President John Evans Atta Mills is adamant about seeking further private investment and veering away from the reliance on government funds. How would you evaluate the level of German investor activity in the country?
Germany is a technologically advanced country. However, recent developments in the Far East resulted in Germany losing some market share. Here, you can see a lot of products from South Korea, Japan and China. I think the Germans need to intensify their activities to increase their presence in the country.   
Can you tell us about GPHA’s social initiatives?
We have carried out an environmental audit and come up with an environmental management plan. We are promoting what we would call a ‘green port’ policy. This seeks to mitigate the impact of our operations on the environment, reducing the occurrence of marine pollution, noise pollution, air pollution, and so on. We try to make sure that our activities do not gravely impact the water quality in the area.

Fishing, as you know, is one of the major sources of income for the country. We want to make sure that we do not jeopardize the livelihood of our local fishermen by compromising the quality of the water in the surrounding areas. We have research facilities to help us in this regard.

We are also looking into better electronic waste (e-waste) management. Recently, we sent a team to Holland for training on e-waste management.

In terms of air, we are coming with policies on emission control to preserve the quality of air coming out of the ports. We have imposed a penalty for violators to discourage people from going against the green policies we have set forth.

There is a saying that “when the last tree dies, the last man dies.” To help the environment flourish, we are planting trees around the port area. Apart from improving the landscape, the trees will help absorb some of the carbon dioxide in the area.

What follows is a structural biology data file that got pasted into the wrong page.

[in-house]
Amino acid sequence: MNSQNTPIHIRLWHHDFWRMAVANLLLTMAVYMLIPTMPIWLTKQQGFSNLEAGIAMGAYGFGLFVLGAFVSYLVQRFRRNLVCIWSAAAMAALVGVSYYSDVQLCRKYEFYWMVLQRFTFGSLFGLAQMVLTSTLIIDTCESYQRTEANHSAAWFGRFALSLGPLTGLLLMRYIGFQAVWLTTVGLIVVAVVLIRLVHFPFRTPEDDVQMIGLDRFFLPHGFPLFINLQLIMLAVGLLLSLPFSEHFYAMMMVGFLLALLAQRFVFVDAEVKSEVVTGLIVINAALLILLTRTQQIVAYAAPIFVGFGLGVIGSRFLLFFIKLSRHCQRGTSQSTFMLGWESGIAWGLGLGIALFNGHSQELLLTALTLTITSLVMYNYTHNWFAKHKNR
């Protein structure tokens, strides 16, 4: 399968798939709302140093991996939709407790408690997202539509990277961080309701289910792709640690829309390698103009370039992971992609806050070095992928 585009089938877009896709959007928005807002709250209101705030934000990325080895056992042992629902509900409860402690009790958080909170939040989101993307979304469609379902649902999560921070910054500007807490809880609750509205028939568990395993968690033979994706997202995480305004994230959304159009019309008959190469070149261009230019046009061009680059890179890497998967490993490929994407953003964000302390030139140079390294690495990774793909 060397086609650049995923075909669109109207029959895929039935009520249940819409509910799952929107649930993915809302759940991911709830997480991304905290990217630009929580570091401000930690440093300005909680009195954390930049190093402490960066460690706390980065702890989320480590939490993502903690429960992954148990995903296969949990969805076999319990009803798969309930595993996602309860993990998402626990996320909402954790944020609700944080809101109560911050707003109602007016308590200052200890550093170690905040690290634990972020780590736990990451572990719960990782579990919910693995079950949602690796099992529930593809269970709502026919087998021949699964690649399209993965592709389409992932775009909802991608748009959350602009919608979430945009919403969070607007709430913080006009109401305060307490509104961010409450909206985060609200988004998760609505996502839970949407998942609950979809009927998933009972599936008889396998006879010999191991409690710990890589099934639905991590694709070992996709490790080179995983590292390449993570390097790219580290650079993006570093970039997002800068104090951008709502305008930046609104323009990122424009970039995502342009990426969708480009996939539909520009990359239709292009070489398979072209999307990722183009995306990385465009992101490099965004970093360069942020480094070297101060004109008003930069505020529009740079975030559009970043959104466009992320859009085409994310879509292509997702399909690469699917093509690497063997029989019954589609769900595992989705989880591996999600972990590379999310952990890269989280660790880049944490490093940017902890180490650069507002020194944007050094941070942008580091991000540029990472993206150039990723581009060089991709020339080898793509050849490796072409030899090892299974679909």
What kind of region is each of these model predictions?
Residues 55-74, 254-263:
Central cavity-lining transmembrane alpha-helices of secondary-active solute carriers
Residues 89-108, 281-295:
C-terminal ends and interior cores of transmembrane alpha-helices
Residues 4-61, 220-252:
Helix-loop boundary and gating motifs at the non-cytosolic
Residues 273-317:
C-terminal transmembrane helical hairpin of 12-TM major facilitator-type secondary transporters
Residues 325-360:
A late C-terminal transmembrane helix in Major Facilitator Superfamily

By ensuring the health of the environment, we, in our own way, guarantee the health of our employees. Our operations are such that nobody will get sick because of poor environmental management. This works of the people in the surrounding communities, as well.

These are just some of the things that we have been doing to make sure that our operations remain ecologically sound. 
Austerity measures in the European markets are driving investments to the frontier and emerging markets. However, many of them are unsure of what to expect from this region. What would you tell them about Ghana?
Ghana is on top of its game. We are driven, motivated, hard-working and skilled in what we do. We recognize that we each have a role to play, and we do our best to accomplish what is on our plate.

Ghana has a skilled workforce, many of whom have been trained overseas. With regards to our facilities, we are managing them competently.

The country’s stringent and fair legal system ensures a stable political, social and economic environment. Investments are safe here. The business climate is stable, and promises good returns on investments. If you look at our growth rate, it is at 12% to 13.4% per year, which is quite a feat, considering that other countries are struggling to obtain even a single digit of growth.    
Certain stereotypes exist in terms of country perception. What sort of leader is required to change these stereotypes?
To drive change, you must be open-minded. You must listen to the beliefs of others. You must be committed to the change you envision and provide good leadership.

Immerse yourself in the true conditions of the country to get a better appreciation of what you are trying to achieve.

Articulate your beliefs to the people so that they would understand the direction you are heading.

Be proud of your achievements as they would boost the morale of your people.   
What message would you like to convey to the readers of the Financial Times Deutschland?
Come to Ghana and see what is happening. You will pleasantly surprised.